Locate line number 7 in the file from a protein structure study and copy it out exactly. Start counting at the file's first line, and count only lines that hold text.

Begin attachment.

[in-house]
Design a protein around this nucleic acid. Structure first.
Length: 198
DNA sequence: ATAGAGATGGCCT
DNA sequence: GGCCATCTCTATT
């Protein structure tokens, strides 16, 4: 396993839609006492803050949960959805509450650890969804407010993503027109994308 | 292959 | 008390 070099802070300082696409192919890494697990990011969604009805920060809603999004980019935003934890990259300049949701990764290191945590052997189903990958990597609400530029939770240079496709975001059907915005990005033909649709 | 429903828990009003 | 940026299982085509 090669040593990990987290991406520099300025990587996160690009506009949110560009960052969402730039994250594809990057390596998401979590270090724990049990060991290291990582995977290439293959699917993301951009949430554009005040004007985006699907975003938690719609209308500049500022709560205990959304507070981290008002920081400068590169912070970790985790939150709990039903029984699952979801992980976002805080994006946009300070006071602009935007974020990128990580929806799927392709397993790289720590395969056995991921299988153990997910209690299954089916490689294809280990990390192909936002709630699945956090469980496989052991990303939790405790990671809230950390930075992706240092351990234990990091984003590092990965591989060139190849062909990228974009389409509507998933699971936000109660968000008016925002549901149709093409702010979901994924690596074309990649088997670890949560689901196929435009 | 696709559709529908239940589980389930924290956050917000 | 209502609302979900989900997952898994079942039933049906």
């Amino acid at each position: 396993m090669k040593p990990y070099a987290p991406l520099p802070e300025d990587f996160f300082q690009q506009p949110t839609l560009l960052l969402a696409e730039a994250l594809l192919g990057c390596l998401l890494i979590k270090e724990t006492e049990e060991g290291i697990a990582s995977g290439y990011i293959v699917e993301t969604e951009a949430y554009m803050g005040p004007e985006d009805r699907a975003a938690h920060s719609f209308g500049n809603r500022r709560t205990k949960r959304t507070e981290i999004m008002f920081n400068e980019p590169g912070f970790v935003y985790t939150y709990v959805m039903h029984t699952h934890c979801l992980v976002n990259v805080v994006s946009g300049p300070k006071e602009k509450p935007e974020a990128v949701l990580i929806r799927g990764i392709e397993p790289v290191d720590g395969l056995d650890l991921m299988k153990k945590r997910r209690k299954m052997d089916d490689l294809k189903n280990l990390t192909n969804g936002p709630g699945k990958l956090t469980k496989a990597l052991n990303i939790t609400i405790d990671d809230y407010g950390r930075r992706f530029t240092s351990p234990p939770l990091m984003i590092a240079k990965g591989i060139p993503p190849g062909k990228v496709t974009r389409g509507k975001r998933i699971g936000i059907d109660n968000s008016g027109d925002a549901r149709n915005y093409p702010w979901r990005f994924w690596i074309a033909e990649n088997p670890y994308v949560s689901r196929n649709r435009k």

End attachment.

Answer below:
């Amino acid at each position: 396993m090669k040593p990990y070099a987290p991406l520099p802070e300025d990587f996160f300082q690009q506009p949110t839609l560009l960052l969402a696409e730039a994250l594809l192919g990057c390596l998401l890494i979590k270090e724990t006492e049990e060991g290291i697990a990582s995977g290439y990011i293959v699917e993301t969604e951009a949430y554009m803050g005040p004007e985006d009805r699907a975003a938690h920060s719609f209308g500049n809603r500022r709560t205990k949960r959304t507070e981290i999004m008002f920081n400068e980019p590169g912070f970790v935003y985790t939150y709990v959805m039903h029984t699952h934890c979801l992980v976002n990259v805080v994006s946009g300049p300070k006071e602009k509450p935007e974020a990128v949701l990580i929806r799927g990764i392709e397993p790289v290191d720590g395969l056995d650890l991921m299988k153990k945590r997910r209690k299954m052997d089916d490689l294809k189903n280990l990390t192909n969804g936002p709630g699945k990958l956090t469980k496989a990597l052991n990303i939790t609400i405790d990671d809230y407010g950390r930075r992706f530029t240092s351990p234990p939770l990091m984003i590092a240079k990965g591989i060139p993503p190849g062909k990228v496709t974009r389409g509507k975001r998933i699971g936000i059907d109660n968000s008016g027109d925002a549901r149709n915005y093409p702010w979901r990005f994924w690596i074309a033909e990649n088997p670890y994308v949560s689901r196929n649709r435009k």